June 25, 2013
The Cause and Effect of Fast Food
It’s Thursday evening. Jennifer rushes to pick up her 2 children from the after school program at their school. Collin is 5 and Sandra is 8. Jennifer hurriedly parks the car and runs into the building. She knows that if she arrives after 6:00 pm, she will be charged $1.00 a minute for each of them. It is currently 5:57 pm. She makes it to the sign-out desk just in time. The children are excited to see her and are full of energy. They run to the car ahead of Jennifer and begin to exclaim, “I’m hungry! Can we stop at McDonald’s? Pleeeease???” Mommy, can we get the new Happy Meal, too?” Jennifer is mentally tired and physically exhausted from her long day. She doesn’t really want to go to McDonald’s again. (It would be the 3rd time this week.) However, it is now 6:30. There isn’t any time to go home and cook dinner. The children’s bedtime is 8:30. Jennifer takes a deep breath and pulls into the McDonald’s drive-thru lane.
This scene is played out over and over again all over the country. Fast food has become one of the most common options for the family diet. The traditional family dinner is increasingly being replaced by eating “on the run” at various locations throughout the day (Jaworowska, Blackham, Davies and Stevenson, 1). It is convenient. It is cheap. However, is it doing the family any good? What is happening with today’s society where it is more common to eat a fast food meal instead of a home cooked meal? Also, what effect is it having on the population?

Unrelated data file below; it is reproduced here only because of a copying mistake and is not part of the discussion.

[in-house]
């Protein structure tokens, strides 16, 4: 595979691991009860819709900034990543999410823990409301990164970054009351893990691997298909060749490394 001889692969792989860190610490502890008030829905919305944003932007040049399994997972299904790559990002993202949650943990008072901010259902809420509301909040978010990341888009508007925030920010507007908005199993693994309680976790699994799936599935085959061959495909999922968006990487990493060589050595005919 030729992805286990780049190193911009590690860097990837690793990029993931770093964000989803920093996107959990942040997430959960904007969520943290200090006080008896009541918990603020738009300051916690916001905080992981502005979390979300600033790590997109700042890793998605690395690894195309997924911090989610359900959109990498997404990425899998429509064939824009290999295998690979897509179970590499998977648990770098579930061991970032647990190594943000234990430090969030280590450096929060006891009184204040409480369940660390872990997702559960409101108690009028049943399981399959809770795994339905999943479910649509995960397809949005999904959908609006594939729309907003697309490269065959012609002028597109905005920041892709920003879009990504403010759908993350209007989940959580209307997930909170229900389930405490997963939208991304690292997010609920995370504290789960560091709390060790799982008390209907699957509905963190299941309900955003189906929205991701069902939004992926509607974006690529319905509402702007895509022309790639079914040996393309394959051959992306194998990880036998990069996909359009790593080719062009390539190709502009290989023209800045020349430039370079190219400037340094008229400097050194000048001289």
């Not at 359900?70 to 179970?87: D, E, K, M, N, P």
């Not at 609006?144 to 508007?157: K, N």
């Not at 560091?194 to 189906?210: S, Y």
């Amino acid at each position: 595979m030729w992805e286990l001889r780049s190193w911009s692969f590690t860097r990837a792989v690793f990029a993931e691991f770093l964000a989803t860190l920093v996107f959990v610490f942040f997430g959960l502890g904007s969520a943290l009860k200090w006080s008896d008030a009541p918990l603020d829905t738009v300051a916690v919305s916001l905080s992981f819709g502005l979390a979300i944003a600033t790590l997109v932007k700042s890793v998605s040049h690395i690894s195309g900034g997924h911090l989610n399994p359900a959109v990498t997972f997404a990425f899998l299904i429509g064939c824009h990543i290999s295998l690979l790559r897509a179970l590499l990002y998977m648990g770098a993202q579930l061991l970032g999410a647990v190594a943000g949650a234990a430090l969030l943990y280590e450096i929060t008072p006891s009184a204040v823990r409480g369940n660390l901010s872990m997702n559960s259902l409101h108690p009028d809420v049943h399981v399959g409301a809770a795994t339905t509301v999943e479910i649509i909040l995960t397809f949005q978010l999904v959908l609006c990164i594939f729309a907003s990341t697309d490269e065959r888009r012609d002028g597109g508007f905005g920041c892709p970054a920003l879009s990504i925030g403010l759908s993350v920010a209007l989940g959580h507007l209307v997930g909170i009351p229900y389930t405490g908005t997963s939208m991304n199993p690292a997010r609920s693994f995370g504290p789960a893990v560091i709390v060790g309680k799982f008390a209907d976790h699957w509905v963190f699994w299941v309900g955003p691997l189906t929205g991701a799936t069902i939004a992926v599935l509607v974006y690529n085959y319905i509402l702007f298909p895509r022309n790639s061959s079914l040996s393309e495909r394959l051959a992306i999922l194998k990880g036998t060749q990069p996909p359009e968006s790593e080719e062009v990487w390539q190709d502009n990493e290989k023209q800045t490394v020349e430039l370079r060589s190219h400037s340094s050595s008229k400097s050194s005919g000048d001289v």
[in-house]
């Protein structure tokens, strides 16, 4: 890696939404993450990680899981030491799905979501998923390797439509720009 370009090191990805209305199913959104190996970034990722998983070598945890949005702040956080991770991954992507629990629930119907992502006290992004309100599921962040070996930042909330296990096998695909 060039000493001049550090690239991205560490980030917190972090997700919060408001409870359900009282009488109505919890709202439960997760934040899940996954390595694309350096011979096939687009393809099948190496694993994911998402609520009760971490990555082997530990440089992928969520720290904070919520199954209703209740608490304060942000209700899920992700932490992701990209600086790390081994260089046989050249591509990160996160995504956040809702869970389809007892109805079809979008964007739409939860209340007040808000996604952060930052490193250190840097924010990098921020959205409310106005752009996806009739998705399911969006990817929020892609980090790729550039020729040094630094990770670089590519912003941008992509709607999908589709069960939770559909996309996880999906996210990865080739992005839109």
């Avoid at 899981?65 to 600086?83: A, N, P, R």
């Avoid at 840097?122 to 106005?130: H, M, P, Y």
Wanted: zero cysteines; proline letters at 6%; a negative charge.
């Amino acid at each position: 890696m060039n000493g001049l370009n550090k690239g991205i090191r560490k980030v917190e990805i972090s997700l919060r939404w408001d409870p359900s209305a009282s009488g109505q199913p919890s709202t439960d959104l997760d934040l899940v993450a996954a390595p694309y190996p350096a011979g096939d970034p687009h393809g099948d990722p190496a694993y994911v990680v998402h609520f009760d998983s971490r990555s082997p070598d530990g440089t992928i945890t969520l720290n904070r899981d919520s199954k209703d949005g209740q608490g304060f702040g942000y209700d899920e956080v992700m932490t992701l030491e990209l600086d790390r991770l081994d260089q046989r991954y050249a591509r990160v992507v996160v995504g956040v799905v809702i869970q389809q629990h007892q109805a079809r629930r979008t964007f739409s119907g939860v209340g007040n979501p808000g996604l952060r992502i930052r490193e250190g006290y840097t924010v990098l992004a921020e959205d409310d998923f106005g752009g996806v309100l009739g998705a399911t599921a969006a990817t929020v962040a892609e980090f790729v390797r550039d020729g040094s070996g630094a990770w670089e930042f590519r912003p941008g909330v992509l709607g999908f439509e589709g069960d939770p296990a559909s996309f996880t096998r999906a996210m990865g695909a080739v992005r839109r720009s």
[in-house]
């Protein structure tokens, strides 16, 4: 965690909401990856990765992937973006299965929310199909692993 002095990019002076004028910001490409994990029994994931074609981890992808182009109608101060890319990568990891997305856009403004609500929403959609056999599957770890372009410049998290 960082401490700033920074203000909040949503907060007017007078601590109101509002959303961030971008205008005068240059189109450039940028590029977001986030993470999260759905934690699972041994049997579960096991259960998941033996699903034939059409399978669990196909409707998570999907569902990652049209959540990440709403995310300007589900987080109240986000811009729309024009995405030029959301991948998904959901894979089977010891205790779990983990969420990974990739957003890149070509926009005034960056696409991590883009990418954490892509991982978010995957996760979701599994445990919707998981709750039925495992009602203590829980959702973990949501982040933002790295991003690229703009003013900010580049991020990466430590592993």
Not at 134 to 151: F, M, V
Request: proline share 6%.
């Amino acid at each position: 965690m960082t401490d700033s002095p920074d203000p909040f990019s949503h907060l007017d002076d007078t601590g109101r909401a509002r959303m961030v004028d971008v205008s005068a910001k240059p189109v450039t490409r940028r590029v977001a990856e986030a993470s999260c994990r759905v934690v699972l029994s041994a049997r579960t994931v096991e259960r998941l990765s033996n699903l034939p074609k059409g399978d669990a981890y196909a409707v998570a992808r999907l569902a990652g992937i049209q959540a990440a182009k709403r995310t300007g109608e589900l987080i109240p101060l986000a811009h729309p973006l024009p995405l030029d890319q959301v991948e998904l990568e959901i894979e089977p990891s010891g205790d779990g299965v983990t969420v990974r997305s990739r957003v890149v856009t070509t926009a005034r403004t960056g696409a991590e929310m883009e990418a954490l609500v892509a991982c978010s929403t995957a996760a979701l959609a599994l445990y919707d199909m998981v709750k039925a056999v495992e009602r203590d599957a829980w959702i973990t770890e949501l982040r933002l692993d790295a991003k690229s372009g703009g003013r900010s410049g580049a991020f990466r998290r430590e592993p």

There are many different factors that have caused the rise in fast food consumption. Today’s society is busier than ever. Employers are expecting their workers to do more, stay connected and produce at all hours. Also, children are involved in more activities than they have been in the past. Little league, cheerleading, soccer, football, gymnastics and other activities in this category all keep children moving...